# Hypothesis Testing: p-value

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• Mar 30th 2009, 01:27 AM
kingwinner
Hypothesis Testing: p-value
Definition: A p-value is the probability that the test statistic would take a value AS EXTREME OR MORE EXTREME than that ACTUALLY OBSERVED when H_o, the null hypothesis, is true. If the p-value is samll, it gives evidence against H_o.

Consider the test for the pouplation mean μ of a normal population with known population variance.
Case (i):
Ho: μ=μ_o
Ha: μ>μ_o
p-value=P(Z>Z_stat) where Z~N(0,1)
Here I can understand the > here since the "as extreme or more extreme" is the direction away from H_o towards H_a.

Case (ii):
Ho: μ=μ_o
Ha: μ<μ_o
p-value=P(Z<Z_stat)
Here I can understand the < here since the "as extreme or more extreme" is the direction away from H_o towards H_a.

Case (iii):
Ho: μ = μ_o
Ha: μ μ_o
p-value = P(Z<-|Z_stat|) + P(Z>|Z_stat|) = 2 P(Z>|Z_stat|)
This part I don't understand. How does the "as extreme or more extreme" idea above translates into this formula for p-value?

So, for example, if the observed value of the test statistic for a two-tailed test is 1.65, then the direction away from H_o towards H_a should be to the right (I believe), so it looks like p-value = P(Z>1.65), but the above says that p-value = P(Z>1.65) + P(Z<-1.65). How come?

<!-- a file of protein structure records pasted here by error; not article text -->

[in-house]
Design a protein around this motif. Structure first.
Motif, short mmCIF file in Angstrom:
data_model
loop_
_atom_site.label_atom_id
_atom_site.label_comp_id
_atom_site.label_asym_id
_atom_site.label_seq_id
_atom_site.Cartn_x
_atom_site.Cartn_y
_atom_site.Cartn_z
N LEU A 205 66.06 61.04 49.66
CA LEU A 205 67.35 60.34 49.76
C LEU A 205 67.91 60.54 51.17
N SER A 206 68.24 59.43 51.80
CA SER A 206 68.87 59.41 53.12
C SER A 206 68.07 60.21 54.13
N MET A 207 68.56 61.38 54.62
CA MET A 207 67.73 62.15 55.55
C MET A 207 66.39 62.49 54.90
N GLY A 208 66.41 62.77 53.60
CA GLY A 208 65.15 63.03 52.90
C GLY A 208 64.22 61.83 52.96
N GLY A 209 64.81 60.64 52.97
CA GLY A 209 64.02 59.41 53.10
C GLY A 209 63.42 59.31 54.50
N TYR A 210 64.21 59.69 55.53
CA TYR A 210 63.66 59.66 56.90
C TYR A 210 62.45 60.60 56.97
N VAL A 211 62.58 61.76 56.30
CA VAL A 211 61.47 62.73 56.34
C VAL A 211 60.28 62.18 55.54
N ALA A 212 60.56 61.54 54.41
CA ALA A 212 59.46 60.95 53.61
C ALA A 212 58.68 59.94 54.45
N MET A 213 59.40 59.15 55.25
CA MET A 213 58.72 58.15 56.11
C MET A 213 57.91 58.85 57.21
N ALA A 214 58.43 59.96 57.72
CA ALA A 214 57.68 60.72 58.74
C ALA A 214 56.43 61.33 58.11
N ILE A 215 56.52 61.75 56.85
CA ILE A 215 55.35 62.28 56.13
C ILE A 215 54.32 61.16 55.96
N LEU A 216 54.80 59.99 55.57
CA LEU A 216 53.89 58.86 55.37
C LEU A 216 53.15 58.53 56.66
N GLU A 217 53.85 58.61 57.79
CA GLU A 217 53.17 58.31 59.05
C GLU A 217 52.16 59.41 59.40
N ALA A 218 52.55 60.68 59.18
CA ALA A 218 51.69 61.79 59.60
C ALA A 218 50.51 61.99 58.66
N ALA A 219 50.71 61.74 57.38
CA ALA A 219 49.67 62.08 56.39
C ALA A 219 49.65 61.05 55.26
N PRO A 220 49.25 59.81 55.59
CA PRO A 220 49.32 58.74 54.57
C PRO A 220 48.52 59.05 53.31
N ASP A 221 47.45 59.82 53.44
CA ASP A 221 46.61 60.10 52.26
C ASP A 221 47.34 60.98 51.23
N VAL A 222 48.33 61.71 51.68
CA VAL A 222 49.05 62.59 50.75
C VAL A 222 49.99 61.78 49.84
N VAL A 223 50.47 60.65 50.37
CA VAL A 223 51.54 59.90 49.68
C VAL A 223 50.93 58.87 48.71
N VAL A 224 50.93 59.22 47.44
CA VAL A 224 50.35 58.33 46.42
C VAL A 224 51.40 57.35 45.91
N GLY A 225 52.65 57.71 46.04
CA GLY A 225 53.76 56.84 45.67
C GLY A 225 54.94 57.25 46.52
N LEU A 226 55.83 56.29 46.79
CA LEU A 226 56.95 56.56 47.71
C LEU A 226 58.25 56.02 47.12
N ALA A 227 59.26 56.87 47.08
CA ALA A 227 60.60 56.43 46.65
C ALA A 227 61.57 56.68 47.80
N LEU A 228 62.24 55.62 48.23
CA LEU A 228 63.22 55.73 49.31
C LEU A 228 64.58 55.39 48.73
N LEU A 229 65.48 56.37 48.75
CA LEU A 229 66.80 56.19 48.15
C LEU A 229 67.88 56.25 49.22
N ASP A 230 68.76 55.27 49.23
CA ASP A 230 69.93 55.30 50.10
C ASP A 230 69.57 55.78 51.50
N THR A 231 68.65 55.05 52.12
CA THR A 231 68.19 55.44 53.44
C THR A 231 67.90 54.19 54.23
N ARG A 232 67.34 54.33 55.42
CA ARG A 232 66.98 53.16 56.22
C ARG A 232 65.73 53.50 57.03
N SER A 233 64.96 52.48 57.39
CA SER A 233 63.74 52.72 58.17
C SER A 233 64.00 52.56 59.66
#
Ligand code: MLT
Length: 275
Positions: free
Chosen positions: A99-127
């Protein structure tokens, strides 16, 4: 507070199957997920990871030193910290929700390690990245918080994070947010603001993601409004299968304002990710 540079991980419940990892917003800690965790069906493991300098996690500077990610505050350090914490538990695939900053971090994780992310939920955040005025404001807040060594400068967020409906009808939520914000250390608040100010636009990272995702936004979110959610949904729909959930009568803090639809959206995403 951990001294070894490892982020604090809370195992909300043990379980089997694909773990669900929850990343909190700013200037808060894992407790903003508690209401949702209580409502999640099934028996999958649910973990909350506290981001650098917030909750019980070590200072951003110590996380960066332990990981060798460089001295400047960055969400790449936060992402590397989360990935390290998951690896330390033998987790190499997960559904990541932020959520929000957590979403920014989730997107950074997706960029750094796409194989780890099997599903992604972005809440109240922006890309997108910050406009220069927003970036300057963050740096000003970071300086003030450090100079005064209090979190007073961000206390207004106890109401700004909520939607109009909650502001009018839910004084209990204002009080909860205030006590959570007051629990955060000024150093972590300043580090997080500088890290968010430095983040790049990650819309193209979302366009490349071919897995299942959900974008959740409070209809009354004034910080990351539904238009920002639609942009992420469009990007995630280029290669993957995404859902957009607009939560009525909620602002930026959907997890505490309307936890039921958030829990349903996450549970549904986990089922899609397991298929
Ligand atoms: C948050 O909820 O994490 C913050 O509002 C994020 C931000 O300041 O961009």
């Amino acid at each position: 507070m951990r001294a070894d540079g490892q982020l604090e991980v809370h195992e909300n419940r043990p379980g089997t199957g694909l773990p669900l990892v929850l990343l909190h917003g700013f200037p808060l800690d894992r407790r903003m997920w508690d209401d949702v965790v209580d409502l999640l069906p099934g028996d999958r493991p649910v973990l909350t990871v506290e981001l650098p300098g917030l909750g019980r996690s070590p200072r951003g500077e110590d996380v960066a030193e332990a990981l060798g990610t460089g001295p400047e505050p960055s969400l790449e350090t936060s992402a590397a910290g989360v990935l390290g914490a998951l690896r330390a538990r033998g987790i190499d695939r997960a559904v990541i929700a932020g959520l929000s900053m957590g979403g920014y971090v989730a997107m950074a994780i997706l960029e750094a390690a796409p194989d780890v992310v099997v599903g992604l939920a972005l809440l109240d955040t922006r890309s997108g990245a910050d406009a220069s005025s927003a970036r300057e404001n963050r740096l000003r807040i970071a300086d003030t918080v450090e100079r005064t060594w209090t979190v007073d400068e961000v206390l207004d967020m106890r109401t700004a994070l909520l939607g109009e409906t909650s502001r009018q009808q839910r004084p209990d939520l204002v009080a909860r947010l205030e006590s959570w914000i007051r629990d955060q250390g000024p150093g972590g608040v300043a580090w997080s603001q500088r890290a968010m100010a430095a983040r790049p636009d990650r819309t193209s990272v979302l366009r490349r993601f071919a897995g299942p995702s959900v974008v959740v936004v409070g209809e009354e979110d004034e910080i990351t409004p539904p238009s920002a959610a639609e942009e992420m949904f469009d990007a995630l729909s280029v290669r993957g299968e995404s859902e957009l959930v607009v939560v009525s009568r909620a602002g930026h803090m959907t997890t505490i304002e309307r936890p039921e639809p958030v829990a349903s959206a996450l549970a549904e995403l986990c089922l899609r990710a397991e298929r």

I think I am confused about the meaning of the sentence "a value AS EXTREME OR MORE EXTREME than that ACTUALLY OBSERVED". What does it actually mean?

Thanks for explaining!
• Mar 30th 2009, 10:10 PM
matheagle
This definition is quite similar to the one I made up years ago.
I say worse off than the test stat.
The point here is that in a two sided test. if your test stat is 1.65 then -2 is even worse. YOU decide on $\displaystyle H_a$ if your test stat is -2 or 3 or -4. You decide on $\displaystyle H_o$ for z-scores is near 0 and decide on $\displaystyle H_a$ any time you are far away from zero in either direction in the two sided situation.
• Mar 30th 2009, 11:30 PM
kingwinner
If the test stat is 1.65, then 2 is even wrose since it's larger than 1.65, I got that.
But -2 is also even worse, why?
I am quite confused about the p-value...
• Mar 30th 2009, 11:41 PM
matheagle
Because this is a two sided test.
You will agree with the null hypothesis for z scores near zero.
BUT you reject the null hypothesis for z score that are far from zero in EITHER direction. So a z score of -2 or 2 say the same thing.
• Mar 30th 2009, 11:49 PM
kingwinner
OK!

In case (i), how come there are no absolute value signs around Z_stat? i.e. why is p-value=P(Z>Z_stat) and not P(Z> |Z_stat|)?

So if Z_stat=-1000, then we still have p-value=P(Z>-1000)?
• Mar 31st 2009, 12:12 AM